Genevieve Munroe is determined to give her newly impoverished family one last happy Christmas, including making peace with their long-time rivals, the Pentercasts. Then the handsome oldest son Alan proposes a wager: if he can give her all the gifts from the Twelve Days of Christmas song, she must marry him.

Alan’s wild gambit is intended to win Gen’s heart. After all, no Munroe would ever marry a Pentercast. But perhaps the joy of Christmas can open her eyes to the man behind the wager, a man determined to turn the twelve days of Christmas into a lifetime of love.

Best wishes on your holiday shopping success!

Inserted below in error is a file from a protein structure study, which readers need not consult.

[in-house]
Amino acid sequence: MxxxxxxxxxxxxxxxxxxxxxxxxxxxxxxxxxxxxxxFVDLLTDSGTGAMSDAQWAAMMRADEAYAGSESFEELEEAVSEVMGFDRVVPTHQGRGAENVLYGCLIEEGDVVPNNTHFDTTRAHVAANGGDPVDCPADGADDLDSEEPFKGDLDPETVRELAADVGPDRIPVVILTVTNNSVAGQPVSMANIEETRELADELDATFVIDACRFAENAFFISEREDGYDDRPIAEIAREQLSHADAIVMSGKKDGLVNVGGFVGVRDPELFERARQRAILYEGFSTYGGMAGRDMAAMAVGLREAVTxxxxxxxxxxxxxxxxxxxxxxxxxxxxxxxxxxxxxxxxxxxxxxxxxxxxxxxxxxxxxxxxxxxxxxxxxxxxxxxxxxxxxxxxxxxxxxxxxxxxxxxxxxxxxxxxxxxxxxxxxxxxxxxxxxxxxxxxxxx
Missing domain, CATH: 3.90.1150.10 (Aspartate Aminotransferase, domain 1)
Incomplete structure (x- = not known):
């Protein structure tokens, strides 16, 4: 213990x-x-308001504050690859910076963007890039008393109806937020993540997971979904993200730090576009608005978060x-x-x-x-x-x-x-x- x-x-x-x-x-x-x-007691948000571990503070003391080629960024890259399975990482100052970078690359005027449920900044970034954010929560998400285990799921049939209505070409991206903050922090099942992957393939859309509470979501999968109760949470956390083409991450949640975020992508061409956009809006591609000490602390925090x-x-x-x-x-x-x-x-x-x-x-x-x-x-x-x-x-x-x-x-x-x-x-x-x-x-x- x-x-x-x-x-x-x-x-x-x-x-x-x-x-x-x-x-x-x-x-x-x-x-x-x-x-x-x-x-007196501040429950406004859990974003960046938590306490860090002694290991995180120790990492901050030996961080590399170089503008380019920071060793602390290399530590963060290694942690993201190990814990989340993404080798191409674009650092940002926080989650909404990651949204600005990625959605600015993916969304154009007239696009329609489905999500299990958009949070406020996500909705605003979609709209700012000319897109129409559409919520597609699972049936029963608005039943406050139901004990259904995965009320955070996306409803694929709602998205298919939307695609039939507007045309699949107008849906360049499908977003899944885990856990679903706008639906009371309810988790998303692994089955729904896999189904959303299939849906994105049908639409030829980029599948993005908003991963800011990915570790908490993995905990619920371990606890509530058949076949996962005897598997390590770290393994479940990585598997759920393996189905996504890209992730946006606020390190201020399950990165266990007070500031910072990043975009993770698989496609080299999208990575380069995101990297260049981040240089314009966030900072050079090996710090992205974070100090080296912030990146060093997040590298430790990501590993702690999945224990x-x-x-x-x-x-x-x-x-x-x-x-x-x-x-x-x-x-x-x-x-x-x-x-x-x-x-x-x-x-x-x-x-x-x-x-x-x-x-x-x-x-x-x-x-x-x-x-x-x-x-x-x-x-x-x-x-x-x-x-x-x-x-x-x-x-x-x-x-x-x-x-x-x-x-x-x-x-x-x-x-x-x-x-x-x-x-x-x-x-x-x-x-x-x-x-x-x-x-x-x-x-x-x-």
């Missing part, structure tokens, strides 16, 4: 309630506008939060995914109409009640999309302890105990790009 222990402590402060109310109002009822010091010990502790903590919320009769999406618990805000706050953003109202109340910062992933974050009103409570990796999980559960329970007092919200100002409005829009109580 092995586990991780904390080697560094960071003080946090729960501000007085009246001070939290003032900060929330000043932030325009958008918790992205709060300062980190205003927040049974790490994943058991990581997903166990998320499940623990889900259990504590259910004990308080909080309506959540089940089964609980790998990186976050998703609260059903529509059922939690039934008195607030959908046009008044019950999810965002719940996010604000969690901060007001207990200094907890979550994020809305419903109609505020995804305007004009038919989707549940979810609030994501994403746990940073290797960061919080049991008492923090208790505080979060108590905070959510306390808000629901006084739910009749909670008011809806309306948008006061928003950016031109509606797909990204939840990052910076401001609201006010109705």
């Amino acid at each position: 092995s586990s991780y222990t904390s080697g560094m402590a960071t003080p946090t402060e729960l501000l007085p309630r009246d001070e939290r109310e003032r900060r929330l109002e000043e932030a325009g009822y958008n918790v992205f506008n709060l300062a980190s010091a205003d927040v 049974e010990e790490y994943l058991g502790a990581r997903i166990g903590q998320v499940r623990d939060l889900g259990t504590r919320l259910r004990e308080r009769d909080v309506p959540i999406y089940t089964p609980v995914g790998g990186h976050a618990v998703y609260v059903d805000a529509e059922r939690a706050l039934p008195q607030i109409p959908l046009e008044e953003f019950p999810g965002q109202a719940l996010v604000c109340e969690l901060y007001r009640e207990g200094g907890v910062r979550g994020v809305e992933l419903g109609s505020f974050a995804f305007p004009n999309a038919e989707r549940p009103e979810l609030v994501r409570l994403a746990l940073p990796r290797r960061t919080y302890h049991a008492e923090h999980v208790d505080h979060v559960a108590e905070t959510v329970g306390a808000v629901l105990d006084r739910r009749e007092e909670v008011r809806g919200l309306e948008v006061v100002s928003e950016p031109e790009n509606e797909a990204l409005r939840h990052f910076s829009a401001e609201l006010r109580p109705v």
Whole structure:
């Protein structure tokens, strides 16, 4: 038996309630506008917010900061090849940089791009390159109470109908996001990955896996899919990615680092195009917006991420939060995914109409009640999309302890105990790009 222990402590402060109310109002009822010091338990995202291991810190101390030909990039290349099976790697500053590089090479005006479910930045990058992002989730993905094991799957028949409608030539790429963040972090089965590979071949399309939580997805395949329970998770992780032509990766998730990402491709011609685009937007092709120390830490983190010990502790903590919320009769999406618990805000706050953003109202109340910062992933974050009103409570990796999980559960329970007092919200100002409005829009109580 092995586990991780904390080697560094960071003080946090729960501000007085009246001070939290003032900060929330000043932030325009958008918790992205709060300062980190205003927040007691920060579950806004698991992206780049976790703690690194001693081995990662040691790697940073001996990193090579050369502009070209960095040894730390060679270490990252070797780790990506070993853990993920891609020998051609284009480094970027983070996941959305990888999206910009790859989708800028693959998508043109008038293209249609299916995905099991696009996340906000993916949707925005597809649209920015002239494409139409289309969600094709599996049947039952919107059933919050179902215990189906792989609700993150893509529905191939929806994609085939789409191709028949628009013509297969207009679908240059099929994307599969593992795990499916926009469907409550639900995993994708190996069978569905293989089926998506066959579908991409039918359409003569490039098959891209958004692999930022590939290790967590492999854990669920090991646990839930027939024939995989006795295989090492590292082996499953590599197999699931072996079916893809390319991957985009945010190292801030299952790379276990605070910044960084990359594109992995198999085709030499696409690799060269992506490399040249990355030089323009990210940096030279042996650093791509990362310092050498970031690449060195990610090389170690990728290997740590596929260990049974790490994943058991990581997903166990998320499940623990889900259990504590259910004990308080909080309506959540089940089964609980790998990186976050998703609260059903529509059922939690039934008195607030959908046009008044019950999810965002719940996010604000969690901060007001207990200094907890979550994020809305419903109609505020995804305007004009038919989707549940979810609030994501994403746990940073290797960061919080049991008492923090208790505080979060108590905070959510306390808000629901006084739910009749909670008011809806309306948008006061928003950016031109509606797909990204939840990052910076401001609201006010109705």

Wednesday, December 4, 2019

Retro Blast: Let There Be Light

Life, alas, has not been easy this week; those of you who have elderly parents and are involved in their care know that sometimes everything else needs to be laid aside. All I can do is offer my apologies, beg your indulgence, and promise to return next week with more of the usual. In the meanwhile, may I offer a blast from the past, appropriate in these days of early evening-fall?

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It’s early evening as I write this and getting a little dim in my just now I leaned forward and with a small movement of my hand turned on the lamp on my desk. Lovely, clear light now floods this part of the room, strong enough to read by several feet away. Electricity—it’s a beautiful thing. Had this been 1813 rather than 2013, I would have had to do a great deal more to achieve this amount of light.